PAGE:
If you were fortunate enough to be given instruction in the use of genograms during your graduate training, you can skip this article. If, like some of my early career supervisees, you were not taught this valuable tool, then I do urge you to learn more about them. Genograms are a powerful and sympathetic way to get an overview of your patient’s background and the early conclusions that are now giving him or her trouble.

A genogram is a formalized version of a family tree that provides a visual representation of an individual’s family over several generations. During the 1980s, Monica McGoldrick and Randy Gerson standardized the icons used for construction so that professionals could readily share information. (See: Genograms: Assessment and Intervention; Norton Professional Books.) Constructing the genogram in session with an individual or family helps both therapist and patient take a step back and look at the patterns of interacting that have had, and continue to have, an impact on the people involved.

Most sports events provide us with a scorecard to help us know the players and their positions. A conversation about the players can help spectators (and team members) understand how different individuals typically behave as well as which players are allied with each other, which players don’t get along and where the team needs to change if it is to be successful.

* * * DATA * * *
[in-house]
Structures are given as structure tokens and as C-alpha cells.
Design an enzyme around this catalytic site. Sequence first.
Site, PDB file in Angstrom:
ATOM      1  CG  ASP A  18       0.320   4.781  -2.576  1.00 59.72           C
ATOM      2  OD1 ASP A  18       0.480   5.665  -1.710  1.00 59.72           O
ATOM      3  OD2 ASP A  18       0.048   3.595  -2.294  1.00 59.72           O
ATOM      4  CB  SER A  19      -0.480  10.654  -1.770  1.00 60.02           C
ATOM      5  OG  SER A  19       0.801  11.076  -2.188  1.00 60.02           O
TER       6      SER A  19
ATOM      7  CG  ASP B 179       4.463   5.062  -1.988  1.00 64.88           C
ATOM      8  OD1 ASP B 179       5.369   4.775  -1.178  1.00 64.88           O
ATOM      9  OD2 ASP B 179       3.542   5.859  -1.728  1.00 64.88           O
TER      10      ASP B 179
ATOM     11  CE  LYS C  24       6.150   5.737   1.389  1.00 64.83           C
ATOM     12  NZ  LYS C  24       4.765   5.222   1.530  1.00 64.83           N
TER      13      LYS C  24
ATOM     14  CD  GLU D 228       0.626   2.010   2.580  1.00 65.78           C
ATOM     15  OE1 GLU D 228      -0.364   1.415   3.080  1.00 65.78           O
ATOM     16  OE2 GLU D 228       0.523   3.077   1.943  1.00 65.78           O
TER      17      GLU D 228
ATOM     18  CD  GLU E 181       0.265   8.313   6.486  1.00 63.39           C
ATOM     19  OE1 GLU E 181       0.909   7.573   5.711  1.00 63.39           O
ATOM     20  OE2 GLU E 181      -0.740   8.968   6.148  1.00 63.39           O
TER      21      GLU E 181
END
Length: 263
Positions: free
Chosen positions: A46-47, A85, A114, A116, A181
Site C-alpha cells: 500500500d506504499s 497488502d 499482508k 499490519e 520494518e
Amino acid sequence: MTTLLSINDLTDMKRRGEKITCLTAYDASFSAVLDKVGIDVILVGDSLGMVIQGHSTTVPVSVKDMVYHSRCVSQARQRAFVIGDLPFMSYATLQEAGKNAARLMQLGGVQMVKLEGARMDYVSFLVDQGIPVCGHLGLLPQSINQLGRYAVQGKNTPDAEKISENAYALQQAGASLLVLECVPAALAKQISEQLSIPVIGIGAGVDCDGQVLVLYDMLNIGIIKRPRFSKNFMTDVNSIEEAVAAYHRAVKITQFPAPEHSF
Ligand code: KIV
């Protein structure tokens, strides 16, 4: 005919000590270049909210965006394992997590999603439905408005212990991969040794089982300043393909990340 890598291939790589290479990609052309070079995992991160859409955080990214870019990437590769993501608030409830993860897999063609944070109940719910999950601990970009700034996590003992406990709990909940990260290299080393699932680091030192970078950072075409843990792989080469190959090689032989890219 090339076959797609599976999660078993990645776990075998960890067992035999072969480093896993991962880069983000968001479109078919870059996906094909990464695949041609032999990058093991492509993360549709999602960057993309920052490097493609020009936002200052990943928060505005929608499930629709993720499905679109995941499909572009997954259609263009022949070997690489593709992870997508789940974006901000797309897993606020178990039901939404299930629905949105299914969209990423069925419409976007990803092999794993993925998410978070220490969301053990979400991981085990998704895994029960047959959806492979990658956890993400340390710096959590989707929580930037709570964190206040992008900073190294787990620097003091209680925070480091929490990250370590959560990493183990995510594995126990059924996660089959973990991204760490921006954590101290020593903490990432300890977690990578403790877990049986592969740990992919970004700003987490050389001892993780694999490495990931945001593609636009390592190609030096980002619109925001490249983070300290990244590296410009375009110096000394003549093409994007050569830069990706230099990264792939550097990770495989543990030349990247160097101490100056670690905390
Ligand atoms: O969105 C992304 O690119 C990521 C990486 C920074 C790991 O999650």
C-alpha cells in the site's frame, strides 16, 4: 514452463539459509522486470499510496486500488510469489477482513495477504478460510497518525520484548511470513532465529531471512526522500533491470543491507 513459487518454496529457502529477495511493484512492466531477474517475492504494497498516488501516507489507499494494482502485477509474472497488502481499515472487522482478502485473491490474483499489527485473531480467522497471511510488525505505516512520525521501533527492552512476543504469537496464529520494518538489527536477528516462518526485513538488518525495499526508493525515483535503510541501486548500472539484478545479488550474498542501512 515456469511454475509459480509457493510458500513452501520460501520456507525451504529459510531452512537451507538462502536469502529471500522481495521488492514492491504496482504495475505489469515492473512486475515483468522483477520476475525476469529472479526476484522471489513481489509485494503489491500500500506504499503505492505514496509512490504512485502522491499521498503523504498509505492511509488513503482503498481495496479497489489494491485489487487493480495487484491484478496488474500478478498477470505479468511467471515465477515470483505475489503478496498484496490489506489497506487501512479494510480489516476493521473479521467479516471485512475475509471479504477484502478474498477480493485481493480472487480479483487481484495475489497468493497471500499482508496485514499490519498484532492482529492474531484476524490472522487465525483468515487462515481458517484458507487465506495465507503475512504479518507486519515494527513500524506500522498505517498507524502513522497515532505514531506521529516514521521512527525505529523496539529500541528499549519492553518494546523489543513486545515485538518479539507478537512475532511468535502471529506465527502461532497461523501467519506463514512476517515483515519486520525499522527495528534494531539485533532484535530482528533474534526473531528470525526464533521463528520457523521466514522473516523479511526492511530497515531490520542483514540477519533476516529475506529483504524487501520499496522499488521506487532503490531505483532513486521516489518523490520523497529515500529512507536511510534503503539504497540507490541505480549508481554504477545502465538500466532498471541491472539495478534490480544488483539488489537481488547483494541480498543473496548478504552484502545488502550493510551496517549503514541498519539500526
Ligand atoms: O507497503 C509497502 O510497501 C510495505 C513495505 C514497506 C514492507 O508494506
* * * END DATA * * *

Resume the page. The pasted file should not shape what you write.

A genogram can be understood as having the same function. The genogram itself is a simple drawing. The conversation while we construct it begins the process of helping individuals make sense of their history (and perhaps their present) in a new way.

Here’s a simple example: Circles stand for females. Squares stand for males. Horizontal lines between show marriage. Vertical lines show children born to the couple. Notes taken during an intake discussion are above each of the parent symbols.

Mary and Mike came for couples therapy. They’d been married for less than a year following a romantic whirlwind courtship of three months. They’ve been fighting about just about every practical matter involved in setting up a home together. Jointly constructing a genogram showed both individuals how much more they were influenced by their families of origin than they had understood.

Mary is the older of two siblings with a powerhouse of a mom who set the rules and kept the family ship afloat. She described her dad as her mother’ss biggest fan who pretty much left the family day to day operation to his wife. Mary was often left in charge of her younger brother. When Mom had to stay late for a meeting, it was Mary who got dinner together and saw that her brother got his homework done.

Mike is the only son following three girls. He was known as the “ittle prince” at home. The girls dressed him up and played with him. Dad set the family rules but kept his distance from all the women by spending time in his workshop or at work. He loved having a son and spent lots of time doing projects with him. Dad felt Mike could do no wrong and bailed him out of both minor and rather major scrapes.